Joonha Park's webpage

I am an assistant professor in the Mathematics department at the University of Kansas (from August 2020). Email:

About me

Research interests

My main area of research is computational statistics. I develop Sequential Monte Carlo (SMC) methods and Markov chain Monte Carlo (MCMC) methods. I have interests in spatio-temporal inference, applications to public health/epidemiological data analysis, Bayesian statistics (mainly from the computational perspectives), stability properties of Markov chains, and deep neural networks.


I earned my Ph.D. in Statistics at the University of Michigan in June 2018 under the supervision of Professor Edward Ionides. After that, I worked as a postdoctoral research associate at the Department of Mathematics and Statistics at Boston University, under the supervision of professor Yves Atchade.

My recent work

Inference for spatio-temporal partially observed Markov processes

I have been developing a moderately scalable inference methodology for coupled stochastic dynamic models, such as those arising from spatio-temporal transmission dynamics of infectious diseases. Here is a recently published paper:

  • Park, J. and Ionides, E. L. (2020) Inference on high-dimensional implicit dynamic models using a guided intermediate resampling filter. Statistics and Computing, doi: 10.1007/s11222-020-09957-3. view-only version available at

The implementation of related methods, including the codes and the data, can be found at the Github repository

  • An R package SpatPomp is available (under continual developments) This package enables the users to define their models at an abstract level, and analyze data by using statistical methodologies. The SpatPomp package is an extension of the pomp package, and is developed for coupled, partially observed, Markov process models.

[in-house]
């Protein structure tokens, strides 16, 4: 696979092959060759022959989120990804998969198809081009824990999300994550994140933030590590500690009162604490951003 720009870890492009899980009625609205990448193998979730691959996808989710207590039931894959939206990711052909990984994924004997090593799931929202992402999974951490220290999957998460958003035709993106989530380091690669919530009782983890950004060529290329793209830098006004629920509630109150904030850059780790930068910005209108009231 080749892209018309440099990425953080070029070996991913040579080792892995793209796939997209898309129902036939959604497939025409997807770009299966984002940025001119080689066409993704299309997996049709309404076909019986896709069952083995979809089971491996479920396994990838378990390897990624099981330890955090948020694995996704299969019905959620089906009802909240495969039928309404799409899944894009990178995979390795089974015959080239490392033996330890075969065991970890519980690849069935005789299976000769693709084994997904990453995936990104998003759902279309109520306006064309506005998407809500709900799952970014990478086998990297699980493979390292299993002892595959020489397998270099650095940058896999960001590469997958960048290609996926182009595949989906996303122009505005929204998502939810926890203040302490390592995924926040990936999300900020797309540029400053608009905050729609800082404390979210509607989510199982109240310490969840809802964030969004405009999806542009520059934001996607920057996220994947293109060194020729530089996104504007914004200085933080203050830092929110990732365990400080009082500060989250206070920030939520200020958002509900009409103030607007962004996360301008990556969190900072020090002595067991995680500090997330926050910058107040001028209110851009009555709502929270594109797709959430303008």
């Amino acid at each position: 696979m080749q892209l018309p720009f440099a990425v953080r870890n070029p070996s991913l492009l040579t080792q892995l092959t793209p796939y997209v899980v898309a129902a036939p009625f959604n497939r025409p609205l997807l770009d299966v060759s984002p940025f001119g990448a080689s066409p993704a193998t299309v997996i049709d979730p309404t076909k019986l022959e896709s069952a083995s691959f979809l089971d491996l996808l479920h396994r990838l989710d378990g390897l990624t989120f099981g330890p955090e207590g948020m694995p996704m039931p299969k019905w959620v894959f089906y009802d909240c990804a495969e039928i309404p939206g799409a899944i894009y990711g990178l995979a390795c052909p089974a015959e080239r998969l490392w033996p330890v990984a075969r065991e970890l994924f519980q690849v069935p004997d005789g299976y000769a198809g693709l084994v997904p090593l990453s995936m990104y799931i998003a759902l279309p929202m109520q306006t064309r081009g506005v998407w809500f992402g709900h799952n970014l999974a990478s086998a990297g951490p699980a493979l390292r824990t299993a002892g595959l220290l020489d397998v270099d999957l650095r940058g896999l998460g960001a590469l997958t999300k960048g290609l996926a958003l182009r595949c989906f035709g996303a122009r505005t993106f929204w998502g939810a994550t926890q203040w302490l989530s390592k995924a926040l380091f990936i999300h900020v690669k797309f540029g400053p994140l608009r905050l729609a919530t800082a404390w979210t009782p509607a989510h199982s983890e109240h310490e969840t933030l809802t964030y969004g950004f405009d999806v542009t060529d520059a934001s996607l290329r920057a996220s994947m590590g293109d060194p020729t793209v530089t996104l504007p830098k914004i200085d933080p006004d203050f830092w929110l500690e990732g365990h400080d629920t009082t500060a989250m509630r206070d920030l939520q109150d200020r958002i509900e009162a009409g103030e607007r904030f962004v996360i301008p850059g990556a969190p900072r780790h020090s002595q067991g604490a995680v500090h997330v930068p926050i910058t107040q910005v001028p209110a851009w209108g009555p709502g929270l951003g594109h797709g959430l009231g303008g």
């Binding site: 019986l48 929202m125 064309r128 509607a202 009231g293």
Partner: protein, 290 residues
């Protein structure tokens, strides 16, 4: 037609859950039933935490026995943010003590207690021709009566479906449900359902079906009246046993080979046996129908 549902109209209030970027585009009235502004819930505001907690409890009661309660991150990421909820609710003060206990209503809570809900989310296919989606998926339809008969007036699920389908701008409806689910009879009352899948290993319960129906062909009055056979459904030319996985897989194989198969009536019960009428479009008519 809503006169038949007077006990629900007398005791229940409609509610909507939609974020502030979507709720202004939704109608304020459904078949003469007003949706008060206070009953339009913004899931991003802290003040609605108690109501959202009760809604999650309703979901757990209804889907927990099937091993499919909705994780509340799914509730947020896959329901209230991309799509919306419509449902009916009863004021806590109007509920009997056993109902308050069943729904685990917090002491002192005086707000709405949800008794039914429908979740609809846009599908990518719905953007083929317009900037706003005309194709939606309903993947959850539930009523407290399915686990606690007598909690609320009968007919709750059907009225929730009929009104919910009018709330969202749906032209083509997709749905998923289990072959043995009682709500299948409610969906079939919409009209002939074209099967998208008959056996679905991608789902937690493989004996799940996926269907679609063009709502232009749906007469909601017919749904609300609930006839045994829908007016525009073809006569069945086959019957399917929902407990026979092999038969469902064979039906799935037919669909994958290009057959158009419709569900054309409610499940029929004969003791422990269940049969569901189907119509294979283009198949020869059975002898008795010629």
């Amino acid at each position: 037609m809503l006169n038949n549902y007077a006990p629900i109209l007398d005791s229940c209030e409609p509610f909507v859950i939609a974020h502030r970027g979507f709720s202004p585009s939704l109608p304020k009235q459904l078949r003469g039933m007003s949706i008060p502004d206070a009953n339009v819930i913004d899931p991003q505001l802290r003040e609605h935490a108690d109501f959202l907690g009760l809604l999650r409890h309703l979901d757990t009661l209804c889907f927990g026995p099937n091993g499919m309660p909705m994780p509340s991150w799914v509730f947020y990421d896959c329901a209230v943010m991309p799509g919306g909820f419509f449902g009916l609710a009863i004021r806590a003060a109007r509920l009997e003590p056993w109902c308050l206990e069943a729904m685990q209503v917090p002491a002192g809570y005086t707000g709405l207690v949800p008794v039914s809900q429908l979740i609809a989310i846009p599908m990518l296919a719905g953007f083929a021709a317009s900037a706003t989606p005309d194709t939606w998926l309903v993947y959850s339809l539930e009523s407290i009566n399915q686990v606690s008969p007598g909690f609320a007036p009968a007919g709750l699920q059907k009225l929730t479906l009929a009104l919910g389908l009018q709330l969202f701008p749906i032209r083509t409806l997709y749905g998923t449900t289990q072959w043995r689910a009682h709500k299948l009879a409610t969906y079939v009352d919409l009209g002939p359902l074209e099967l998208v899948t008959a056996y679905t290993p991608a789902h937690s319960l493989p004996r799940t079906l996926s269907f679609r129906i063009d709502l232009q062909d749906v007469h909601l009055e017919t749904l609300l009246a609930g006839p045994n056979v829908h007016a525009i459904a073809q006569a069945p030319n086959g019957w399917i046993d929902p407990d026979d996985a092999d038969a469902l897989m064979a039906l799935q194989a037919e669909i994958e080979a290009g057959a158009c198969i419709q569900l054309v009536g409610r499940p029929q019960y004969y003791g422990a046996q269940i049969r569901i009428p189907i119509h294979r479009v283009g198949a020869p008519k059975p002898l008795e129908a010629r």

Markov chain Monte Carlo with sequential proposals (sp-MCMC):

A straightforward extension of the Metropolis-Hastings strategy in constructing Markov chains with a target invariant density can be made by allowing sequential proposals. The acceptance/rejection of the sequential proposals are coupled via a shared critical value which is drawn from the uniform(0,1) distribution.

This sequential-proposal framework is flexible, and enables developments of state-of-the-art algorithms. For example, we developed two variants of the NUTS algorithm, and a discrete-time bouncy particle sampler method. For more information, see the following paper.

Other published papers

  • Ionides, E. L., Breto, C., Park, J., Smith, R. A. and King, A. A. (2017) Monte Carlo profile confidence intervals for dynamic systems. Journal of The Royal Society Interface, 14, 20170126.

  • Koopman, J. S., Henry, C. J., Park, J., Eisenberg, M. C., Ionides, E. L. and Eisenberg, J. N. (2017) Dynamics affecting the risk of silent circulation when oral polio vaccination is stopped. Epidemics.

  • Kim, S.-H., Park, J. H., Yoon, W., Ra, W.-S. and Whang, I.-H. (2017) A note on sensor arrangement for long-distance target localization. Signal Processing, 133, 18–31.

ArXiv preprints and manuscripts under preparation:

  • Ionides, E. L., Asfaw, K., Park, J., and King, A. A. (2020+) Bagged filters for partially observed spatiotemporal systems.

  • Asfaw, L., Ionides, E. L., King, A. A., Park, J., and Ho, A. (2020+) Statistical Inference for Spatiotemporal Partially Observed Markov Processes via the R Package spatPomp.

  • Park, J. and Atchadé, Y. (2020+) Hamiltonian Monte Carlo for Bayesian variable selection.